Secure the elastic at both open ends ¼” away from the raw edges of the sides.

Align one side of the pants front with one side of the pants back, right sides together. Begin at the hem end and pin toward the waistline. Unfold the front waistband.

Fold the waistband over the back, enclosing the elastic ends of the back waist as shown above. Pin and then sew the side seam with a 3/8” seam allowance. Repeat for the other side.

After both side seams have been sewn, refold the waistband wrong sides together, enclosing the ends of the elastic back at the sides, as shown above.

Stitch “in the ditch” along the waistband seam where it is joined to the pants front. Sew from the right side and try to keep your stitches hidden in the seam.

Serge or zigzag stitch one long edge of each pants cuff. Fold each cuff in half lengthwise and press to crease the fold at the center.

Machine sew two rows of long running (gathering) stitches across each of the pant legs at the hem. Pull up the bobbin running stitching to gather the hem end of each pant leg to fit the cuff. Unfold and align the long raw edge of one cuff with the gathered edge of one pant leg, right sides together, and sew with a ¼” seam allowance. Remove the gathering threads. Repeat for the other pant leg. When finished, each pant leg should look like the image above.

Refold the cuff, wrong sides together, enclosing the seam allowance selvages. Top stitch close to the seam on the right side of the cuff, as shown above.

Align the pants front with the pants back, right sides together. Pin and then sew the inseam with a 3/8” seam allowance. Serge or zigzag the raw edges. (If you serge, don’t cut off the tails at the cuffs on each end… see the next step first!)

To make the ends of the cuffs neat at the seam, top stitch the seam allowances toward one side. If you serged, tuck that thread tail up inside before you stitch, as shown above. Once it is neatly caught inside you can clip off the excess.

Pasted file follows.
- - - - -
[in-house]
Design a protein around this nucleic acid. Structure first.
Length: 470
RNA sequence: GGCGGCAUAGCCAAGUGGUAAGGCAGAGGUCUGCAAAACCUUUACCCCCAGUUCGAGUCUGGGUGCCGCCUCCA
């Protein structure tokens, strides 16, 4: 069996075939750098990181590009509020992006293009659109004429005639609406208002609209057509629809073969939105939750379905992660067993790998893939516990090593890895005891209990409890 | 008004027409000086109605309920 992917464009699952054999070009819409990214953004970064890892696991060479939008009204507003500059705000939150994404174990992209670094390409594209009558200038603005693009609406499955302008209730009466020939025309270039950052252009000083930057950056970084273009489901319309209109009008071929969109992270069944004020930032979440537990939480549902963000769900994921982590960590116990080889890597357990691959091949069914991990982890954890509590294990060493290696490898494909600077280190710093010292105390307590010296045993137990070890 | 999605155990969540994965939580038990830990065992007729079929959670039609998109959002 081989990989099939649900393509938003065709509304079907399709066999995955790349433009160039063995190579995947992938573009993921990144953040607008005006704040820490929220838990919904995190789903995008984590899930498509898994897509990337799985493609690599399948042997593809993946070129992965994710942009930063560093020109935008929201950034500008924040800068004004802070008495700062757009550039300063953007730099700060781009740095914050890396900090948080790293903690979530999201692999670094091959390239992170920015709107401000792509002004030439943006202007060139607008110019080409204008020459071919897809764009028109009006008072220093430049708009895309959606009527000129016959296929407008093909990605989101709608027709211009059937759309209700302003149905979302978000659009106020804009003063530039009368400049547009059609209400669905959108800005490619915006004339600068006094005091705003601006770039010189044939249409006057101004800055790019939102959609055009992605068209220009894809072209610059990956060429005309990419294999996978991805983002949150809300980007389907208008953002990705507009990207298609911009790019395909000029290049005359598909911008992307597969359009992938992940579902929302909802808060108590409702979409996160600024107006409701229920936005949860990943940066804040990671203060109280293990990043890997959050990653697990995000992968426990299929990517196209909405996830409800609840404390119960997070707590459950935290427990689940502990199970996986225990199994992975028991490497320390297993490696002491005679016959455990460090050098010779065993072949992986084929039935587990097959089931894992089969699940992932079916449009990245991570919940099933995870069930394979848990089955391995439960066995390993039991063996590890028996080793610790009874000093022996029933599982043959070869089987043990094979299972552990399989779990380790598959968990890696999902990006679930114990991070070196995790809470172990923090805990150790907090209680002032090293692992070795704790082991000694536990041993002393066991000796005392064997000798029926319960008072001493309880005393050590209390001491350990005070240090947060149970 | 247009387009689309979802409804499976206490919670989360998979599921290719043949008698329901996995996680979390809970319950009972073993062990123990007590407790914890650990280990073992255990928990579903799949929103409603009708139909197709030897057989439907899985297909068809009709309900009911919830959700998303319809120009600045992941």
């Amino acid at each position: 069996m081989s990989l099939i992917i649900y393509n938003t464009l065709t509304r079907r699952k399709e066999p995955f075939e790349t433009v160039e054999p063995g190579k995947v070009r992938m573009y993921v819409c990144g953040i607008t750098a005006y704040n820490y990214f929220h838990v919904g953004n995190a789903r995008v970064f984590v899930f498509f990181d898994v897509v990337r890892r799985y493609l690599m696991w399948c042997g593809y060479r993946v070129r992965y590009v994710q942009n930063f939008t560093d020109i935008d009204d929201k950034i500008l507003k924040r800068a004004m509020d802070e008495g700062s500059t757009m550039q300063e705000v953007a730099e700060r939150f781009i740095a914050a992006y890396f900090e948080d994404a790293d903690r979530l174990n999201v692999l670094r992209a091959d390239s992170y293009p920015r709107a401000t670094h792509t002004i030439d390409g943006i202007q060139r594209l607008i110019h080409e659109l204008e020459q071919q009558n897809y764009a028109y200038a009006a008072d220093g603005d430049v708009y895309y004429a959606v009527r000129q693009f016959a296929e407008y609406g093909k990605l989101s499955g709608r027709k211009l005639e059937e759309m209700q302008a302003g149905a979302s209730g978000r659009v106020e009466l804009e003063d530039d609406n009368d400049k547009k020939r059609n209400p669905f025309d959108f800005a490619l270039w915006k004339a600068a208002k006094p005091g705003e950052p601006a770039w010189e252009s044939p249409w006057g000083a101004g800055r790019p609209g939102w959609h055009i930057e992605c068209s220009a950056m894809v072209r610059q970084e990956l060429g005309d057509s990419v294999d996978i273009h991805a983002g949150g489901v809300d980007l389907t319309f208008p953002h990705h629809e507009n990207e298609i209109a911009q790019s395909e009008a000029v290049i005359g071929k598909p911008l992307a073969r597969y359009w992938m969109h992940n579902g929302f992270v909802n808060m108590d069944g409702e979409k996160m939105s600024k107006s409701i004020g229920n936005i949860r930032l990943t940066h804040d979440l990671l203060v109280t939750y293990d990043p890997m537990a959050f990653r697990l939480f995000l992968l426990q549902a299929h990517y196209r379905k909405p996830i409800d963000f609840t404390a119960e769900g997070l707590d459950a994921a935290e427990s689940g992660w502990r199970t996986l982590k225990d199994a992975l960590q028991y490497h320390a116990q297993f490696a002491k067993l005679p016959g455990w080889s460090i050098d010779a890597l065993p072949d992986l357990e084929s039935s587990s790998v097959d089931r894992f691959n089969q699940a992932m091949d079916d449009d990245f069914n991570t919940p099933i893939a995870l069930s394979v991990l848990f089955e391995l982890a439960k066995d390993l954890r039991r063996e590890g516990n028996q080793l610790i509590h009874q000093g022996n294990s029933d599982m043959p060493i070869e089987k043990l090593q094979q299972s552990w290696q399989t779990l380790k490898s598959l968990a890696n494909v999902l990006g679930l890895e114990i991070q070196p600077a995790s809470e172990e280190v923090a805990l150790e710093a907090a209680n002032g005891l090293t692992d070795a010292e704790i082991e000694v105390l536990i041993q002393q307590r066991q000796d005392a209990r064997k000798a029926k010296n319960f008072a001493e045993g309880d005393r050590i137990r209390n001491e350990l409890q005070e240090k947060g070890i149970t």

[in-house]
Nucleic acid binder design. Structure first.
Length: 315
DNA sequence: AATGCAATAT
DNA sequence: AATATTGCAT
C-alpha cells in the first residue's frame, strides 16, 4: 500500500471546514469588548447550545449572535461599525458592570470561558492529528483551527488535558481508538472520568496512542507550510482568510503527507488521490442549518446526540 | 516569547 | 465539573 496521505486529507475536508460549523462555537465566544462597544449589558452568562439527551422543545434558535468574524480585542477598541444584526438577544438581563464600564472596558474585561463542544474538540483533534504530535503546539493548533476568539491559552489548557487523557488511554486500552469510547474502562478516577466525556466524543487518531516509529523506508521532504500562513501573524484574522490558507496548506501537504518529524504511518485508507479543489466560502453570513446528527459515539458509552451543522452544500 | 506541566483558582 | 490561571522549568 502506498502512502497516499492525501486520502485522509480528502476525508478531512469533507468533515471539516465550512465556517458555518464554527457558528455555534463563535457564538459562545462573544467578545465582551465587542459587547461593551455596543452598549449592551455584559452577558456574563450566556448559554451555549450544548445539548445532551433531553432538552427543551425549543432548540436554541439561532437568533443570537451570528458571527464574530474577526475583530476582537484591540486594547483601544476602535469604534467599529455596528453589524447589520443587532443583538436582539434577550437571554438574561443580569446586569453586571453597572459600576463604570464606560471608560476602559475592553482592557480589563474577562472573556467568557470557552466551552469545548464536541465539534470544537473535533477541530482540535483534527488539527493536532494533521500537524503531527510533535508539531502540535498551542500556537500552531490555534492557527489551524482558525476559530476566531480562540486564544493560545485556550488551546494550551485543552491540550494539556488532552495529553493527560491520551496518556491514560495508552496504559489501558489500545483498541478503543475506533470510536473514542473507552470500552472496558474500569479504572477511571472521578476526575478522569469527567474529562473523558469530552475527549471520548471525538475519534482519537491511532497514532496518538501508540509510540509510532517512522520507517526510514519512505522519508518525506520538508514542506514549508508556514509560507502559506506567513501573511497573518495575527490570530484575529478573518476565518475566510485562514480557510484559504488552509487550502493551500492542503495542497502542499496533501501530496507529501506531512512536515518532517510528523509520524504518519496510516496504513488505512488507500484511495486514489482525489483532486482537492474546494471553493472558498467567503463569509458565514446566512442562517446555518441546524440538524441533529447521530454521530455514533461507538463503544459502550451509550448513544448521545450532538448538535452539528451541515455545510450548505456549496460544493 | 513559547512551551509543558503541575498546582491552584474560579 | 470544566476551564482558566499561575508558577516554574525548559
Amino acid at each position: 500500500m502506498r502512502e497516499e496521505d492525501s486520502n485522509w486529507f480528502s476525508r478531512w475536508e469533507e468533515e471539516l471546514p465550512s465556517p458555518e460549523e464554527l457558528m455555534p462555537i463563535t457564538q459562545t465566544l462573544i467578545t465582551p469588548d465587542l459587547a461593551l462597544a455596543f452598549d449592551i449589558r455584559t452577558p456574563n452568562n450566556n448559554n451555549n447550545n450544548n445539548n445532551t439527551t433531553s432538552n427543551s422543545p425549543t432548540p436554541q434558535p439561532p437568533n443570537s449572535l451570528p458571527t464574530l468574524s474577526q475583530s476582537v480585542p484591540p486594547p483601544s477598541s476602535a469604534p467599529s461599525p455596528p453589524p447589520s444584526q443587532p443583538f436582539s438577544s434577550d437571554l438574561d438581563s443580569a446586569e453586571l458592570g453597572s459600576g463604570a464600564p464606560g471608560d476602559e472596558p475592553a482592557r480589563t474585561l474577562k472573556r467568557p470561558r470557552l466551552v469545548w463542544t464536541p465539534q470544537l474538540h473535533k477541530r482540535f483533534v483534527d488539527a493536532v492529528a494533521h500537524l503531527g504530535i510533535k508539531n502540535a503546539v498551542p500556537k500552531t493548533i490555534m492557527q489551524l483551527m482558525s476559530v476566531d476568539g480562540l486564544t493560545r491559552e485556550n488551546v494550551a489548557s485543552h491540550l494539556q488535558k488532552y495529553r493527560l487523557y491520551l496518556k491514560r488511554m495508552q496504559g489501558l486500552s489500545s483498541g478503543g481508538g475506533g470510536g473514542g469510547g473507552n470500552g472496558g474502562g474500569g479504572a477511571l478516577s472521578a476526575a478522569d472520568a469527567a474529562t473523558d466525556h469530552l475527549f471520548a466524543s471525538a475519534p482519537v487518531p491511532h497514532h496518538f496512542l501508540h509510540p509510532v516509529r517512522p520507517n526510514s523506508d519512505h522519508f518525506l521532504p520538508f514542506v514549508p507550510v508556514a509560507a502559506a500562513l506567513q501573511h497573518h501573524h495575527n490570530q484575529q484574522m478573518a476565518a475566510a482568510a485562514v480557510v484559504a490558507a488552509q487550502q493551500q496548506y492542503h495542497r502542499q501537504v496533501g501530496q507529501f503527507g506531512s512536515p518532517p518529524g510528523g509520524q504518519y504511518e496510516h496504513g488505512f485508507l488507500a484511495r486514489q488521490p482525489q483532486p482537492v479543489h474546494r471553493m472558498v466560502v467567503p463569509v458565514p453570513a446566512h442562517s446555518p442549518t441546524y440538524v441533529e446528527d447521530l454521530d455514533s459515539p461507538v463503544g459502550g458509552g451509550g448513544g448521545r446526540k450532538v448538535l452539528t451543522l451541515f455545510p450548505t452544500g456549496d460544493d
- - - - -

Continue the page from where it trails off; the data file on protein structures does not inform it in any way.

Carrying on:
It’s easiest to top stitch from the front, keeping the pant leg wrong side out and slipping the machine foot right inside of it. This is an optional step, but it does make a nice, neat finish and a sturdy seam end!

For both strap fabric pieces: Fold the strap fabric lengthwise, right sides together, and press. Sew across one short end and down the long side with a ¼” seam allowance. Clip the corners at the short, sewn end and turn the strap right side out. Use a pencil or a dowel to help turn the straps. Tuck the raw edges of each strap under and inside the tube and sew across to close, or just serge or zigzag stitch those raw ends.

You may need to audition the pants on the bunny to see exactly where the straps should go. Angle the straps so that they cross at the center back, as shown above. The ends of the straps should rest a little below the elastic casing seam inside the pants. Pin in place.

Ease the elastic gathers apart as you sew the straps into position on the back of the pants. Sew from the right side, keeping your stitching on the elastic casing seam as show above.

Put the pants on the bunny, pop his tail out of the pants opening, and pull the straps up over his shoulders, crossing them at the back like this.

Bring the straps to the front and tuck the ends into the pants. Pin the straps to the waistband. Keep the straps evenly spaced; each strap should be the same distance away from the pants center crotch seam. There should be about 1″ to 1.25” of space between the edges of the straps at the center front of the waistband. Sew buttons onto the waistband, sewing them through all layers – waistband and straps.

Here’s the back of the bunny with his old-timey britches on! (I “tea dyed” the white pompom for his tail… looks better on that brown, don’t you know!)

And here’s the front view. He’s got a sister! Mom knit that wee shawl for this Classic Sewing bunny. Is that not the cutest? The little dress she is wearing is the same as the sock doll dresses. Find the “Dress Your Dolly” blog post HERE.

Hoppy little sock bunnies all dressed in their best! By the way, we have a few sock bunny body kits available – click HERE to find those options.

A lap full of happy! Kate helped me choose fabrics and trim for the bunny clothes for this magazine article. I was so glad of her help, and that sweet grin tells you how much fun we were having! I hope you make a sock bunny or a dozen for your house!